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Moral suasion: An alternative tax policy strategy? Evidence from a controlled field experiment in Switzerland

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  • Benno Torgler
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    Abstract

    With data gained from a controlled field experiment in Switzerland this paper analyses the effects of moral suasion on the timely paying and the timely filling out of the tax form 2001. Comparisons of different tax filing years and multiple regression estimations have been done using these two factors as dependent variables to check if there is a significant difference between the control group and the treatment group. In February 2002 the treatment group received a letter signed by the commune’s fiscal commissioner containing normative appeals. Results indicate that moral suasion has hardly any effect on taxpayers’ compliance behaviour. The strongest effect can be observed for the variable tax payments. Copyright Springer-Verlag Berlin/Heidelberg 2004

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    File URL: http://hdl.handle.net/10.1007/s10101-004-0077-7
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    Bibliographic Info

    Article provided by Springer in its journal Economics of Governance.

    Volume (Year): 5 (2004)
    Issue (Month): 3 (November)
    Pages: 235-253

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    Handle: RePEc:spr:ecogov:v:5:y:2004:i:3:p:235-253

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    Related research

    Keywords: Tax compliance; morale suasion; field experiment;

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    1. Nudge Database IV
      by Mark Egan in Economics, Psychology and Policy on 2013-04-14 16:17:00
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    Cited by:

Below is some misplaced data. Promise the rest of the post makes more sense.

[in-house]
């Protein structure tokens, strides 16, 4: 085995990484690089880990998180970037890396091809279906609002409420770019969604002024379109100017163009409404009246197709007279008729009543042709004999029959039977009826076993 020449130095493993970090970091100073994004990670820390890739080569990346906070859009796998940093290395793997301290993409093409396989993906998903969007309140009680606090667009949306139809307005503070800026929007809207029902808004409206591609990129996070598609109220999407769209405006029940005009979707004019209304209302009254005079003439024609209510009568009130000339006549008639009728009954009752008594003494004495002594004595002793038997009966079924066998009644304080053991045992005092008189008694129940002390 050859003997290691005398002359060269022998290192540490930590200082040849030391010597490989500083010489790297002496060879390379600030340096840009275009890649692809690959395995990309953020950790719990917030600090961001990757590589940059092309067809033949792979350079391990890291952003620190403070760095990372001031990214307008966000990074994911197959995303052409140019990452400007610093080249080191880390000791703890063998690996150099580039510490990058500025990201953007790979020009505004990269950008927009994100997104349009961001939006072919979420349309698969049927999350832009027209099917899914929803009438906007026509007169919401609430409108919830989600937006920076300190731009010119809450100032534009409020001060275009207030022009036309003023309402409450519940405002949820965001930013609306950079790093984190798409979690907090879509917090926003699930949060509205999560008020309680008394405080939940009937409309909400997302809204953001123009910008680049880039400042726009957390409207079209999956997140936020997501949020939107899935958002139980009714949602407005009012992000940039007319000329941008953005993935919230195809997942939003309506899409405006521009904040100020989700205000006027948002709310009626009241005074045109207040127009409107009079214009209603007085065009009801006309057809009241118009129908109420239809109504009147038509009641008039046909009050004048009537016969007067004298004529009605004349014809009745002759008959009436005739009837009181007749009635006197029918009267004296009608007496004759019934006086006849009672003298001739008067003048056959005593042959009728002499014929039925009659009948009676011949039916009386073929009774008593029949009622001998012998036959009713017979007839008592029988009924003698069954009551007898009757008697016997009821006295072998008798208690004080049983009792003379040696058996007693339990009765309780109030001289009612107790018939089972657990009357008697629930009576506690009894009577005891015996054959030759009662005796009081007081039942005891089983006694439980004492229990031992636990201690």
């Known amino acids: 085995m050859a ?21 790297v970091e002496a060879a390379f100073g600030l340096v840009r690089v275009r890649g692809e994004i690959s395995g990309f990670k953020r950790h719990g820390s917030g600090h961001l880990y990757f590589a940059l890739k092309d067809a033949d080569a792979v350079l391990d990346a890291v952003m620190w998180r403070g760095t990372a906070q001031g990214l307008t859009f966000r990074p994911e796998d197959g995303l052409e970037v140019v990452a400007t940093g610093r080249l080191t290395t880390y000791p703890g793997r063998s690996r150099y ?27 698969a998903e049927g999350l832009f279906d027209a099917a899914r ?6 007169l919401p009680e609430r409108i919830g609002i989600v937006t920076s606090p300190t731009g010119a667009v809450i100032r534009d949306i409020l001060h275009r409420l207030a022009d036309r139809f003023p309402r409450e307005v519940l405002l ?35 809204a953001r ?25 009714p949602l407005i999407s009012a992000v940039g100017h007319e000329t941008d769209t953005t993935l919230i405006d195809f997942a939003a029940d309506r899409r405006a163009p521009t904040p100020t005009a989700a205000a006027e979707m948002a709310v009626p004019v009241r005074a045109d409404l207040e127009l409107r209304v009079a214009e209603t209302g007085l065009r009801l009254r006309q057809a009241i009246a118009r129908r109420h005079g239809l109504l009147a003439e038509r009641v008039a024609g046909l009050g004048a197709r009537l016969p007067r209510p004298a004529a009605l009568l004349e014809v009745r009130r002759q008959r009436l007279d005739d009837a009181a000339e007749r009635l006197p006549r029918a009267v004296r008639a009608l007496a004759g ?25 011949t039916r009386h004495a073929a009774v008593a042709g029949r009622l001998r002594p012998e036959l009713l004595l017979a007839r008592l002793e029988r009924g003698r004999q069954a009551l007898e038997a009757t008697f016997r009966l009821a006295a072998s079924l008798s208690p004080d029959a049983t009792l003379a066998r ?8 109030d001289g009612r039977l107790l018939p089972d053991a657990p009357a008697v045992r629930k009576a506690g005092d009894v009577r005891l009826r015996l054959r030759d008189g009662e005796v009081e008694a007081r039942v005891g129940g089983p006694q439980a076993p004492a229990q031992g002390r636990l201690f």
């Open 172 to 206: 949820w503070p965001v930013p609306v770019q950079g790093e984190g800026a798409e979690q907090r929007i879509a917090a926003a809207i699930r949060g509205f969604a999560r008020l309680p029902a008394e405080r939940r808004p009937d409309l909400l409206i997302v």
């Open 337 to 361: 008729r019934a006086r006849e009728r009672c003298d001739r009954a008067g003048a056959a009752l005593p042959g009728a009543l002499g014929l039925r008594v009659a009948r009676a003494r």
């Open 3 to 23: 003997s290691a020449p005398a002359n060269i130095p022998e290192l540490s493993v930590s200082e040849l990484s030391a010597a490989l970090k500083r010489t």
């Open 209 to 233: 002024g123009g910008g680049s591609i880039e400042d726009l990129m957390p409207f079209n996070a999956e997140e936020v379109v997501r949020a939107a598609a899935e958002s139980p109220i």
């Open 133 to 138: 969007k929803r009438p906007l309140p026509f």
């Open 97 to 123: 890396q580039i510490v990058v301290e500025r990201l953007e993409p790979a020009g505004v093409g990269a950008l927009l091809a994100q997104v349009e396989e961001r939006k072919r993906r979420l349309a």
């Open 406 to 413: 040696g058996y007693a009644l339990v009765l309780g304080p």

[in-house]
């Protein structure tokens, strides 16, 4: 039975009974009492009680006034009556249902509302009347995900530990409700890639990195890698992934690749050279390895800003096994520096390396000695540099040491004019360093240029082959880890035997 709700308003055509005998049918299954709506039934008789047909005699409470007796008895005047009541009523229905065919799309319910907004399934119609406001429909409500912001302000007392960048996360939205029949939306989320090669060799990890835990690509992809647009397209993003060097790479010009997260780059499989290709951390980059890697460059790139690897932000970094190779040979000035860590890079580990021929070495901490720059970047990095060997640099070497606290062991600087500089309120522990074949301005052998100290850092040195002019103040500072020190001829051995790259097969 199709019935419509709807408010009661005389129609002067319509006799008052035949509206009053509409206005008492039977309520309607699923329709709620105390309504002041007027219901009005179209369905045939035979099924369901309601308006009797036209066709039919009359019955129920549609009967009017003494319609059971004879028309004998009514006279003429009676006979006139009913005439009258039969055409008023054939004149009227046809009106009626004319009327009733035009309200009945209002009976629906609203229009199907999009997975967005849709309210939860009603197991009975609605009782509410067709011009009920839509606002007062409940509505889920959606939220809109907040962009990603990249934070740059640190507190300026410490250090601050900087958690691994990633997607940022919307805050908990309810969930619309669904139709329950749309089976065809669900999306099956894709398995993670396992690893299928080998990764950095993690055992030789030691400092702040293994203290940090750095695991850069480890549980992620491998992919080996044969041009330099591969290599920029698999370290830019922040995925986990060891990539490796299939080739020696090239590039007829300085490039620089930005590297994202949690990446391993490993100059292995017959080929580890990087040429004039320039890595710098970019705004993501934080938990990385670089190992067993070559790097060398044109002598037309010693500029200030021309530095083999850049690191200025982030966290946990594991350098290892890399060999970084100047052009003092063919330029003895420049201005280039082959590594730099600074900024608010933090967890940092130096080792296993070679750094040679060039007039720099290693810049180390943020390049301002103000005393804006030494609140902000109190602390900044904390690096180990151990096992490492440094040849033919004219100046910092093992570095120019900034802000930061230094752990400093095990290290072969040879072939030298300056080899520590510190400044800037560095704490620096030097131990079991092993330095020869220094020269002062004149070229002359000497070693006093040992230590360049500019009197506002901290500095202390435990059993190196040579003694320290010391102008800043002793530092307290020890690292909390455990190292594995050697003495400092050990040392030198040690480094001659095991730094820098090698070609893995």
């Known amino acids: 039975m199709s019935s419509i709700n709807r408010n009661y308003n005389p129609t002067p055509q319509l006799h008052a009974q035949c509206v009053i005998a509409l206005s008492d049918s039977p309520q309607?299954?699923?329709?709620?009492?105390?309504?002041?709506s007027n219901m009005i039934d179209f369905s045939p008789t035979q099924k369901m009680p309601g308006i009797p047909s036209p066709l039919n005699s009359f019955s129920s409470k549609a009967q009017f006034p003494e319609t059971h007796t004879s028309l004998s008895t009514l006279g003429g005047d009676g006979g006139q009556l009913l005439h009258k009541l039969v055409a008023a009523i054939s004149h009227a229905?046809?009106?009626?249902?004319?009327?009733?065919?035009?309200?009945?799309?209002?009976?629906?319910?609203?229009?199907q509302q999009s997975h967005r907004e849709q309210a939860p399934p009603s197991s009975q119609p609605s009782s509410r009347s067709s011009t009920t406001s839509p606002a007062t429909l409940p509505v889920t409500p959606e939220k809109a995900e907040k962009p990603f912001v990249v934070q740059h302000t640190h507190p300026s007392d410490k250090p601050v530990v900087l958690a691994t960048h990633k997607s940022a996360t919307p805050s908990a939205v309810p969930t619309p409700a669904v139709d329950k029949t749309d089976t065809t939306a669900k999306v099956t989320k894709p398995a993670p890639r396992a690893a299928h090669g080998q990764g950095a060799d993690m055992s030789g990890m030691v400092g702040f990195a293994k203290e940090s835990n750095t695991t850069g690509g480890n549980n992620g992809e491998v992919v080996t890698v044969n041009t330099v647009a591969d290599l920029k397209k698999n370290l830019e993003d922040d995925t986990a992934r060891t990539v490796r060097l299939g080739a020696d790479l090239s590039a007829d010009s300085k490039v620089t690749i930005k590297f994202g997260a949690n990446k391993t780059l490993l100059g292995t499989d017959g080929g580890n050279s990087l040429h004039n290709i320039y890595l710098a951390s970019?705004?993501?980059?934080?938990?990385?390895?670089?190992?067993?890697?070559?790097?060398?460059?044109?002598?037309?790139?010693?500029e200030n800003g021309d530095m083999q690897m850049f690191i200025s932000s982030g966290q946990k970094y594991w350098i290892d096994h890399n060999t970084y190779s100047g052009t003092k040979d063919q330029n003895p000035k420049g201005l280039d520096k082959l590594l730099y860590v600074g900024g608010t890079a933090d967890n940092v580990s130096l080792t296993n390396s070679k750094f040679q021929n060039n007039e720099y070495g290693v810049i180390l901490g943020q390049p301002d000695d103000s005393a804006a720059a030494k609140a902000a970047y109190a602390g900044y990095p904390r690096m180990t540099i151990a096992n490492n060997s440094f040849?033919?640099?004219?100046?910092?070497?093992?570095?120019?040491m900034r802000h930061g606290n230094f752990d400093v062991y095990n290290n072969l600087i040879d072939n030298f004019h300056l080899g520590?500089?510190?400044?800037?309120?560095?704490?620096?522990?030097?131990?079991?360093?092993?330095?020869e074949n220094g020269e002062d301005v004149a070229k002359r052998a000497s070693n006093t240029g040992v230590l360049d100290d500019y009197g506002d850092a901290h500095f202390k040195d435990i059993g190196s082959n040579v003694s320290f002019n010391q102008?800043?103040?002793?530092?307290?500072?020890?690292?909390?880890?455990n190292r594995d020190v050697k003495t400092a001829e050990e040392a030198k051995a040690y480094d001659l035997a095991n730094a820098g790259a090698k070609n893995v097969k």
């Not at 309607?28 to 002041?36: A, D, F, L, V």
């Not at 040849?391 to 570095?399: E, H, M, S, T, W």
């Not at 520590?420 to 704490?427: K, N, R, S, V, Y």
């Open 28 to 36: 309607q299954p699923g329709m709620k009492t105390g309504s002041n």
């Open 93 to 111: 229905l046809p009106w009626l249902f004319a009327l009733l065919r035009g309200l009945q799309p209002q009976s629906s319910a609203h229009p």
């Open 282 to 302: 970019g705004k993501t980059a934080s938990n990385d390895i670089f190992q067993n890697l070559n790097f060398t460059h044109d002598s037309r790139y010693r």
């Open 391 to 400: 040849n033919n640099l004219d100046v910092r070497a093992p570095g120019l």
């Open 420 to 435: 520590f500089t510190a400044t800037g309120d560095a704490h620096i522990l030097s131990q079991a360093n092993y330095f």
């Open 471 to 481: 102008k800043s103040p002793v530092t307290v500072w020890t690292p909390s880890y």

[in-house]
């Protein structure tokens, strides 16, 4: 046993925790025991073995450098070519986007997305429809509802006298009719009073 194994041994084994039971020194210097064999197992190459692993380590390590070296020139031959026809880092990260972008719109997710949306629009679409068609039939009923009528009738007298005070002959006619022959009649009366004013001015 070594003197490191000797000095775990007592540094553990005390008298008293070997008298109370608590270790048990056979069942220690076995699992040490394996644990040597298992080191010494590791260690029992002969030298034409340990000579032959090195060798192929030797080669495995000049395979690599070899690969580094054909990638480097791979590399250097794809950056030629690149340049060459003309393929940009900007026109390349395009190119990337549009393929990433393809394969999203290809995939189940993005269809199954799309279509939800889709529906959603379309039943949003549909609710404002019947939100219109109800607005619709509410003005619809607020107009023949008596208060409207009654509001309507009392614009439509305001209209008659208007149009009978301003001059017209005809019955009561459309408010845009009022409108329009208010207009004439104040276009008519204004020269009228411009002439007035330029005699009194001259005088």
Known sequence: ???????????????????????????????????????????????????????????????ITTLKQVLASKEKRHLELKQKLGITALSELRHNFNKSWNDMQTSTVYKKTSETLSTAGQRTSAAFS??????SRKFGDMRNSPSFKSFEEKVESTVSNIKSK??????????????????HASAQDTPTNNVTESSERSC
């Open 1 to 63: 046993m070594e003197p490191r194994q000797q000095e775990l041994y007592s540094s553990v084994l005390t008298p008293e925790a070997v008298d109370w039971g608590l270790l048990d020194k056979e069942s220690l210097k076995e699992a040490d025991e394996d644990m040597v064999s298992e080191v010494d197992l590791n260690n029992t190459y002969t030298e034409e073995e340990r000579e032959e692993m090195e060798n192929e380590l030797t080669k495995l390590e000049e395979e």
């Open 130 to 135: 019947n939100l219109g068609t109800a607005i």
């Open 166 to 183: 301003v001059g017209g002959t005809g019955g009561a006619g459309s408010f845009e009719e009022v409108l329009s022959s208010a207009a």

1. Lars P. Feld & Bruno S. Frey, 2006. "Tax Evasion in Switzerland: The Roles of Deterrence and Tax Morale," IEW - Working Papers 284, Institute for Empirical Research in Economics - University of Zurich.
    2. Coricelli, Giorgio & Joffily, Mateus & Montmarquette, Claude & Villeval, Marie Claire, 2007. "Tax Evasion: Cheating Rationally or Deciding Emotionally?," IZA Discussion Papers 3103, Institute for the Study of Labor (IZA).
    3. Gloria Alarcón García & Edgardo Ayala Gaytán, 2013. "Trust in Spanish Governments: Antecedents and Consequences," Economic Analysis and Policy (EAP), Queensland University of Technology (QUT), School of Economics and Finance, vol. 43(2), pages 177-194, September.
    4. Loukas Balafoutas & Adrian Beck & Rudolf Kerschbamer & Matthias Sutter, 2014. "The Hidden Costs of Tax Evasion - Collaborative Tax Evasion in Markets for Expert Services," Working Papers 2014-01, Faculty of Economics and Statistics, University of Innsbruck.
    5. Joel Slemrod, 2010. "Old George Orwell Got It Backward: Some Thoughts on Behavioral Tax Economics," FinanzArchiv: Public Finance Analysis, Mohr Siebeck, Tübingen, vol. 66(1), pages 15-33, March.
    6. Joel Slemrod, 2007. "Cheating Ourselves: The Economics of Tax Evasion," Journal of Economic Perspectives, American Economic Association, vol. 21(1), pages 25-48, Winter.
    7. Donna Bobek & Amy Hageman & Charles Kelliher, 2013. "Analyzing the Role of Social Norms in Tax Compliance Behavior," Journal of Business Ethics, Springer, vol. 115(3), pages 451-468, July.
    8. Lars P. Feld & Bruno S. Frey, 2004. "Illegal, Immoral, Fattening or What?: How Deterrence and Responsive Regulation Shape Tax Morale," Marburg Working Papers on Economics 200426, Philipps-Universität Marburg, Faculty of Business Administration and Economics, Department of Economics (Volkswirtschaftliche Abteilung).
    9. Boris Maciejovsky & Herbert Schwarzenberger & Erich Kirchler, 2012. "Rationality Versus Emotions: The Case of Tax Ethics and Compliance," Journal of Business Ethics, Springer, vol. 109(3), pages 339-350, September.
    10. Gangl, Katharina & Torgler, Benno & Kirchler, Erich & Hofmann, Eva, 2014. "Effects of supervision on tax compliance: Evidence from a field experiment in Austria," Economics Letters, Elsevier, vol. 123(3), pages 378-382.

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